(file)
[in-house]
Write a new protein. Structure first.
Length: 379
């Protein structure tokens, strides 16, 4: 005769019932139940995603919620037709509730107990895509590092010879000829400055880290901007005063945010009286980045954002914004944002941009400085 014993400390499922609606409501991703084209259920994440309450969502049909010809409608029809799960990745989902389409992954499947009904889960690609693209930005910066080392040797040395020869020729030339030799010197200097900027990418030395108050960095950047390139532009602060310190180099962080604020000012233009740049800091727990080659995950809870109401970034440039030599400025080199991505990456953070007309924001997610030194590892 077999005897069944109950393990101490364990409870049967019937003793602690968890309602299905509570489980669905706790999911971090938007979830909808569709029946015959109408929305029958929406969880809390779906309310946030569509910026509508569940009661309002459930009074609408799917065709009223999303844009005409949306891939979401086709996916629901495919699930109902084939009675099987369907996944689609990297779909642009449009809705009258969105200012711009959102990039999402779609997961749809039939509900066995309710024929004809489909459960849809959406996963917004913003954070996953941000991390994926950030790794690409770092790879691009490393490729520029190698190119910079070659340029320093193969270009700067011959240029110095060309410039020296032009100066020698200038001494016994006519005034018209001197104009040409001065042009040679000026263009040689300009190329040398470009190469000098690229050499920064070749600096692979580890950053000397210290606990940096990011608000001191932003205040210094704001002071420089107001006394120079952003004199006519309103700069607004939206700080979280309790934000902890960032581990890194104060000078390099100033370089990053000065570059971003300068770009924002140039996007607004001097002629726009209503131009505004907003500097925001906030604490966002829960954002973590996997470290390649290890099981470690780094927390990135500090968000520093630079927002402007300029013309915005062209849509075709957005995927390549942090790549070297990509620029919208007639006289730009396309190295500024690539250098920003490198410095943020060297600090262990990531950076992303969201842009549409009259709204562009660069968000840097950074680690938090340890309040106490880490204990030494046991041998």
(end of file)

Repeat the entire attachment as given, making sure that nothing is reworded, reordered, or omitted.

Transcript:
[in-house]
Write a new protein. Structure first.
Length: 379
């Protein structure tokens, strides 16, 4: 005769019932139940995603919620037709509730107990895509590092010879000829400055880290901007005063945010009286980045954002914004944002941009400085 014993400390499922609606409501991703084209259920994440309450969502049909010809409608029809799960990745989902389409992954499947009904889960690609693209930005910066080392040797040395020869020729030339030799010197200097900027990418030395108050960095950047390139532009602060310190180099962080604020000012233009740049800091727990080659995950809870109401970034440039030599400025080199991505990456953070007309924001997610030194590892 077999005897069944109950393990101490364990409870049967019937003793602690968890309602299905509570489980669905706790999911971090938007979830909808569709029946015959109408929305029958929406969880809390779906309310946030569509910026509508569940009661309002459930009074609408799917065709009223999303844009005409949306891939979401086709996916629901495919699930109902084939009675099987369907996944689609990297779909642009449009809705009258969105200012711009959102990039999402779609997961749809039939509900066995309710024929004809489909459960849809959406996963917004913003954070996953941000991390994926950030790794690409770092790879691009490393490729520029190698190119910079070659340029320093193969270009700067011959240029110095060309410039020296032009100066020698200038001494016994006519005034018209001197104009040409001065042009040679000026263009040689300009190329040398470009190469000098690229050499920064070749600096692979580890950053000397210290606990940096990011608000001191932003205040210094704001002071420089107001006394120079952003004199006519309103700069607004939206700080979280309790934000902890960032581990890194104060000078390099100033370089990053000065570059971003300068770009924002140039996007607004001097002629726009209503131009505004907003500097925001906030604490966002829960954002973590996997470290390649290890099981470690780094927390990135500090968000520093630079927002402007300029013309915005062209849509075709957005995927390549942090790549070297990509620029919208007639006289730009396309190295500024690539250098920003490198410095943020060297600090262990990531950076992303969201842009549409009259709204562009660069968000840097950074680690938090340890309040106490880490204990030494046991041998």